3 May 2024

A cliffhanger for Shortland St

From The Detail, 5:00 am on 3 May 2024

It's our own soap opera, telling New Zealand stories to a loyal audience. But Shortland Street may be starring in its own drama

Anna Thomas

Anna Thomas had a cameo as a marriage celebrant Photo: Supplied

A warning - suicide is discussed in this podcast

New Zealand's own long-running soap Shortland Street doesn't hesitate to kill off its much-loved characters. 

But would TVNZ dare to kill off our favourite soap? 

That's the fear as times get tough in television - even though it's been pointed out that advertising pays its bills. But for how long?

We don't have any definitive answers yet, but today on The Detail we speak to a former star turned director of the programme; a well-known TV face who nabbed a cameo; and someone you might not expect to be an ardent fan - RNZ presenter, Kim Hill. And she has a wild storyline idea she reveals in the podcast. 

Nurse Wendy Cooper was killed off in 2016. She was shot through the heart. 

She had to die - her "foster son", K J Apa, was heading to Hollywood, as many of the soap's former stars have done. 

The actor who played her, Jaq Nairn, jokes that she loves the kind of two degrees of separation that everyone has with Shortland St. 

"Everyone knows someone who knows someone who's been on the show ... or someone's auntie's cousin's brother worked on the show, or met such-and-such, and I love that New Zealand has a show like that," she says. 

Now she directs the show - and has been for the last eight years. 

She tells The Detail she still gets recognised ... Nurse Wendy was long dead when she went to Fiji for the charity Heart Kids, to raise publicity for what Starship Hospital does. 

She was mobbed. 

This in spite of the fact that the real surgeons from Starship were there to operate on 15 children, a trip they do annually. 

"There's nothing that makes an actor feel more inadequate that actually seeing a real heart surgeon," she says. 

"The bizarre thing to me was walking along a corridor and all these people came running towards me as the actual surgeon who's saving the actual lives walks past (the other way)."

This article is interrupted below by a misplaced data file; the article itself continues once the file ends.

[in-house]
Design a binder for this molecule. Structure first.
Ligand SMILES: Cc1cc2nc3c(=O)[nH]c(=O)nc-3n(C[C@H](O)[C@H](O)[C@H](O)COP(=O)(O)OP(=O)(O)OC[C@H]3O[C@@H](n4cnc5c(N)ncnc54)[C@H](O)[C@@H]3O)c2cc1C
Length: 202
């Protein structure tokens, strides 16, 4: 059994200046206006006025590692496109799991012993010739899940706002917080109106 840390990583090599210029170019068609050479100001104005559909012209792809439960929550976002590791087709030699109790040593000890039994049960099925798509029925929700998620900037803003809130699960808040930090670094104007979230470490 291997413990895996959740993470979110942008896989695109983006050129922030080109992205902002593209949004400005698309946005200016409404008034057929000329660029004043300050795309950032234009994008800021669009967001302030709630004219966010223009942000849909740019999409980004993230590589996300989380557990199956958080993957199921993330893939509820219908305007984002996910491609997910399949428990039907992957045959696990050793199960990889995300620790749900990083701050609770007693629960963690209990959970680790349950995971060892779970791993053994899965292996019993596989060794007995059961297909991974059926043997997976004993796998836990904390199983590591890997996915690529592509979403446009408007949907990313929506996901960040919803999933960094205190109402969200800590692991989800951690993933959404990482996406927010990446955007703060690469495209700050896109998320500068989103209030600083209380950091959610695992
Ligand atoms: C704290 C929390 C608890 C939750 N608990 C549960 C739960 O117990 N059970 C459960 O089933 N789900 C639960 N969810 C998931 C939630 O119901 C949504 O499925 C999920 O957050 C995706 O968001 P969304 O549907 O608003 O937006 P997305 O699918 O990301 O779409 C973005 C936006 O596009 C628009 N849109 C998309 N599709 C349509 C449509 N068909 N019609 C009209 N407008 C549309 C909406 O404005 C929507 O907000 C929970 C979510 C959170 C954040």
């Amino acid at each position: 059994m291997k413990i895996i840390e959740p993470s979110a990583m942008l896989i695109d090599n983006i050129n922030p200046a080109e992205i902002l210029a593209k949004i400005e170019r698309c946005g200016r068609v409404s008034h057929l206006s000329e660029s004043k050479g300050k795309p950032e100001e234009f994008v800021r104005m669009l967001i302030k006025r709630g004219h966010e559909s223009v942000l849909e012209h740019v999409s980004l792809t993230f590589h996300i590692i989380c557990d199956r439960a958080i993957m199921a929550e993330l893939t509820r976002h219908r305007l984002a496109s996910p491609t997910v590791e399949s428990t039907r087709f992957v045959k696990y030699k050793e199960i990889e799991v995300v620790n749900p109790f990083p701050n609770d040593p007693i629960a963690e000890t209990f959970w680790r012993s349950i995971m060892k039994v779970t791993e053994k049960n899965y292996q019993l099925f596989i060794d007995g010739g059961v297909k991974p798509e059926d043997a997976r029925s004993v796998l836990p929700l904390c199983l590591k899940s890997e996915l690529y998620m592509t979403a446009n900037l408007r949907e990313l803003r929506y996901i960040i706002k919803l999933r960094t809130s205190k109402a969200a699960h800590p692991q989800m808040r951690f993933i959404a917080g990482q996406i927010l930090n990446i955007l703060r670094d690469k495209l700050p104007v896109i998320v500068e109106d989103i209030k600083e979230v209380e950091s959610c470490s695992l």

"I was like ... 'she's the hero, I'm just on a TV show!'"

But the real-life consequences of talking about dark and difficult subjects on a TV show can be significant. 

"I think we can never underestimate the importance of the stories that we tell," she says. 

The one that sticks in her mind from her time on the show was over a storyline involving Kane (K J Apa) about suicide. 

"The producers and the writers and everyone at SPP (South Pacific Pictures) was so determined to tell that story with the integrity that it deserved. Every line was gone over with a microscope to make sure that we had it absolutely right. It was incredibly difficult to film, it was horrible to film ... eight weeks later when it aired I was at the supermarket and this woman came up to me.

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Where would Shorty St be without Dr Warner?  Photo: Screengrab / Shortland Street / TVNZ

"She said, 'you're Jaqui, you play Wendy ... I just have to tell you that that storyline saved my son's life.' She said the discussion that (we'd) had with Kane on air allowed us to have that conversation with our child, because we knew he was struggling. 

"There are no words for that." 

Nairn says it displays the importance of telling our stories on television, and that's a theme from fans. 

Anna Thomas encountered the crew of Shortland St, including actors such as Martin Henderson, Angela Bloomfield and Temuera Morrison when she was filming for Fair Go. 

"They needed a marriage celebrant," she says. So she did the honours. Now she enjoys catching up with episodes to see how they've dealt with an issue. 

"More often than not life imitates art - they tackled the pandemic before it hit. They've dealt with things like cultural diversity; they've dealt with Big Pharma; addictions; same-sex couples, corruption ... they discuss the issues of the day in a way which I think kiwis can relate to." 

And Thomas says it's not just a training ground for actors, but for those behind them nurturing the talent, and the crew. 

For Kim Hill, self-confessed Shortland Street tragic, watching at 7pm is her day's pudding. 

"It's a sort of transitional moment of my day," she says. 

"Soap operas are always a mystery because they're so bonkers," she says. 

"It requires such a suspension of disbelief ... the plots are sometimes quite mad. And how come they have the most intimate conversations gathered around reception in the waiting room? And always go to the same place for dinner or a drink? And mostly seem to live in the same apartment block? And how long can Chris Warner go on for?"

Hill says while you might be thinking, 'this is insane', for some reason they're all human. 

And Shortland Street is often way ahead of its time on all sorts of issues, she says - "loads of serious issues. It's quite out there, and it does it in a relatively responsible way. I quite admire it for that. I'd be terribly sad if it went." 

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